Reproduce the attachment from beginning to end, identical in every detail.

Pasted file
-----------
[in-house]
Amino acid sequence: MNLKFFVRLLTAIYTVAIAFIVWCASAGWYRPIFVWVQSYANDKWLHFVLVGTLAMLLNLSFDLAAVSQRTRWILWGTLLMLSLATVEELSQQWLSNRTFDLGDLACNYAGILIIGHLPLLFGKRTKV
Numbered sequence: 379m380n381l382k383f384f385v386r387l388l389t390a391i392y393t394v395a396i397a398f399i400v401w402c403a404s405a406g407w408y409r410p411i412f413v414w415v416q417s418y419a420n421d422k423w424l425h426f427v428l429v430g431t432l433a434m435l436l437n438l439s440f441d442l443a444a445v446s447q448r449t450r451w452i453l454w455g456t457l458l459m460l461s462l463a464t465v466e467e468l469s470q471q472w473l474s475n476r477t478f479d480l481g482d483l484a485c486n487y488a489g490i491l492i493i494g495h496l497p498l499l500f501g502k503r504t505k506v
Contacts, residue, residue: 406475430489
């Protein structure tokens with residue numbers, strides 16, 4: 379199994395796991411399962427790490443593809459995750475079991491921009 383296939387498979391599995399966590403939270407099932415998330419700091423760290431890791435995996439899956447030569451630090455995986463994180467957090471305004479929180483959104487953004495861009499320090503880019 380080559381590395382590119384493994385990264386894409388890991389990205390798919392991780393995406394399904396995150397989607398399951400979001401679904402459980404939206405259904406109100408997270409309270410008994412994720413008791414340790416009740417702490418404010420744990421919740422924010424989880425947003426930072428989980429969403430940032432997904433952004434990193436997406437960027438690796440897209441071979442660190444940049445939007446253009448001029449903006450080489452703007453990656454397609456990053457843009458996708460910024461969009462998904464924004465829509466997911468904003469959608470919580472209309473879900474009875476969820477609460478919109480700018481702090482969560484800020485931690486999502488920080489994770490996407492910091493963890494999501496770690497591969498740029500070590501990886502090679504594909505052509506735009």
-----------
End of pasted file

[in-house]
Amino acid sequence: MNLKFFVRLLTAIYTVAIAFIVWCASAGWYRPIFVWVQSYANDKWLHFVLVGTLAMLLNLSFDLAAVSQRTRWILWGTLLMLSLATVEELSQQWLSNRTFDLGDLACNYAGILIIGHLPLLFGKRTKV
Numbered sequence: 379m380n381l382k383f384f385v386r387l388l389t390a391i392y393t394v395a396i397a398f399i400v401w402c403a404s405a406g407w408y409r410p411i412f413v414w415v416q417s418y419a420n421d422k423w424l425h426f427v428l429v430g431t432l433a434m435l436l437n438l439s440f441d442l443a444a445v446s447q448r449t450r451w452i453l454w455g456t457l458l459m460l461s462l463a464t465v466e467e468l469s470q471q472w473l474s475n476r477t478f479d480l481g482d483l484a485c486n487y488a489g490i491l492i493i494g495h496l497p498l499l500f501g502k503r504t505k506v
Contacts, residue, residue: 406475430489
């Protein structure tokens with residue numbers, strides 16, 4: 379199994395796991411399962427790490443593809459995750475079991491921009 383296939387498979391599995399966590403939270407099932415998330419700091423760290431890791435995996439899956447030569451630090455995986463994180467957090471305004479929180483959104487953004495861009499320090503880019 380080559381590395382590119384493994385990264386894409388890991389990205390798919392991780393995406394399904396995150397989607398399951400979001401679904402459980404939206405259904406109100408997270409309270410008994412994720413008791414340790416009740417702490418404010420744990421919740422924010424989880425947003426930072428989980429969403430940032432997904433952004434990193436997406437960027438690796440897209441071979442660190444940049445939007446253009448001029449903006450080489452703007453990656454397609456990053457843009458996708460910024461969009462998904464924004465829509466997911468904003469959608470919580472209309473879900474009875476969820477609460478919109480700018481702090482969560484800020485931690486999502488920080489994770490996407492910091493963890494999501496770690497591969498740029500070590501990886502090679504594909505052509506735009």